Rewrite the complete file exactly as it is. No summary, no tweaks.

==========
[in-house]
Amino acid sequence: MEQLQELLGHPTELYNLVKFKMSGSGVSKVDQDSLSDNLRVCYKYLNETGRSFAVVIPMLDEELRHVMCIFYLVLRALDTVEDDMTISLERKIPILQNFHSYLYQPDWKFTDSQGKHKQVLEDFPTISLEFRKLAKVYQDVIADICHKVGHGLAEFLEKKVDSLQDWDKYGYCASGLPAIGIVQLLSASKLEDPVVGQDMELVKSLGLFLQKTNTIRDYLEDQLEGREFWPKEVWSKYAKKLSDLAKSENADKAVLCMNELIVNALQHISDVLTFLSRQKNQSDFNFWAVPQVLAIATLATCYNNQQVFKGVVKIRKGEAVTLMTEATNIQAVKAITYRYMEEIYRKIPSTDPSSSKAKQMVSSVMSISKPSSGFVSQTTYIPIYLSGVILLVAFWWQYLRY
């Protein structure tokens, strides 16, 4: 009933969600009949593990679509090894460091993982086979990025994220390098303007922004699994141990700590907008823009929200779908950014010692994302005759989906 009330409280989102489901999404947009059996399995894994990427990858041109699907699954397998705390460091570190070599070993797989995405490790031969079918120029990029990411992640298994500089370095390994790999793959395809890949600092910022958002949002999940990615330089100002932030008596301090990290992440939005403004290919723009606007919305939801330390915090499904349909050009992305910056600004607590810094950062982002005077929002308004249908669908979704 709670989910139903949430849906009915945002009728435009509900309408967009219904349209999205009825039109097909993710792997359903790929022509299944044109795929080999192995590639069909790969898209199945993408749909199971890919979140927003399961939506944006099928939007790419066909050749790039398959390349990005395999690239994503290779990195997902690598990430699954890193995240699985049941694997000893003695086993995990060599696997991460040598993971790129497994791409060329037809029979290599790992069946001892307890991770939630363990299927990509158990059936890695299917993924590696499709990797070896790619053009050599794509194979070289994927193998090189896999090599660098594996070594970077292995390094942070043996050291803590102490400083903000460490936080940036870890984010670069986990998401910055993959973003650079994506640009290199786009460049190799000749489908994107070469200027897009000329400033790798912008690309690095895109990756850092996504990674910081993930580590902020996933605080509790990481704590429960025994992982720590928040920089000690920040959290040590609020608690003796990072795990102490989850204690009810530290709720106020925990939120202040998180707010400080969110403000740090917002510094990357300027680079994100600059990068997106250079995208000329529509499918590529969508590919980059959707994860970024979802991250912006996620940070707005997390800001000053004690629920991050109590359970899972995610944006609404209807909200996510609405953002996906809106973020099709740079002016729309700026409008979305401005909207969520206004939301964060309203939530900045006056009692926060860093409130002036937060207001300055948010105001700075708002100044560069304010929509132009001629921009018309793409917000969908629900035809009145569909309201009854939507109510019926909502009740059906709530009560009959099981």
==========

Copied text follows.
[in-house]
Amino acid sequence: MEQLQELLGHPTELYNLVKFKMSGSGVSKVDQDSLSDNLRVCYKYLNETGRSFAVVIPMLDEELRHVMCIFYLVLRALDTVEDDMTISLERKIPILQNFHSYLYQPDWKFTDSQGKHKQVLEDFPTISLEFRKLAKVYQDVIADICHKVGHGLAEFLEKKVDSLQDWDKYGYCASGLPAIGIVQLLSASKLEDPVVGQDMELVKSLGLFLQKTNTIRDYLEDQLEGREFWPKEVWSKYAKKLSDLAKSENADKAVLCMNELIVNALQHISDVLTFLSRQKNQSDFNFWAVPQVLAIATLATCYNNQQVFKGVVKIRKGEAVTLMTEATNIQAVKAITYRYMEEIYRKIPSTDPSSSKAKQMVSSVMSISKPSSGFVSQTTYIPIYLSGVILLVAFWWQYLRY
């Protein structure tokens, strides 16, 4: 009933969600009949593990679509090894460091993982086979990025994220390098303007922004699994141990700590907008823009929200779908950014010692994302005759989906 009330409280989102489901999404947009059996399995894994990427990858041109699907699954397998705390460091570190070599070993797989995405490790031969079918120029990029990411992640298994500089370095390994790999793959395809890949600092910022958002949002999940990615330089100002932030008596301090990290992440939005403004290919723009606007919305939801330390915090499904349909050009992305910056600004607590810094950062982002005077929002308004249908669908979704 709670989910139903949430849906009915945002009728435009509900309408967009219904349209999205009825039109097909993710792997359903790929022509299944044109795929080999192995590639069909790969898209199945993408749909199971890919979140927003399961939506944006099928939007790419066909050749790039398959390349990005395999690239994503290779990195997902690598990430699954890193995240699985049941694997000893003695086993995990060599696997991460040598993971790129497994791409060329037809029979290599790992069946001892307890991770939630363990299927990509158990059936890695299917993924590696499709990797070896790619053009050599794509194979070289994927193998090189896999090599660098594996070594970077292995390094942070043996050291803590102490400083903000460490936080940036870890984010670069986990998401910055993959973003650079994506640009290199786009460049190799000749489908994107070469200027897009000329400033790798912008690309690095895109990756850092996504990674910081993930580590902020996933605080509790990481704590429960025994992982720590928040920089000690920040959290040590609020608690003796990072795990102490989850204690009810530290709720106020925990939120202040998180707010400080969110403000740090917002510094990357300027680079994100600059990068997106250079995208000329529509499918590529969508590919980059959707994860970024979802991250912006996620940070707005997390800001000053004690629920991050109590359970899972995610944006609404209807909200996510609405953002996906809106973020099709740079002016729309700026409008979305401005909207969520206004939301964060309203939530900045006056009692926060860093409130002036937060207001300055948010105001700075708002100044560069304010929509132009001629921009018309793409917000969908629900035809009145569909309201009854939507109510019926909502009740059906709530009560009959099981």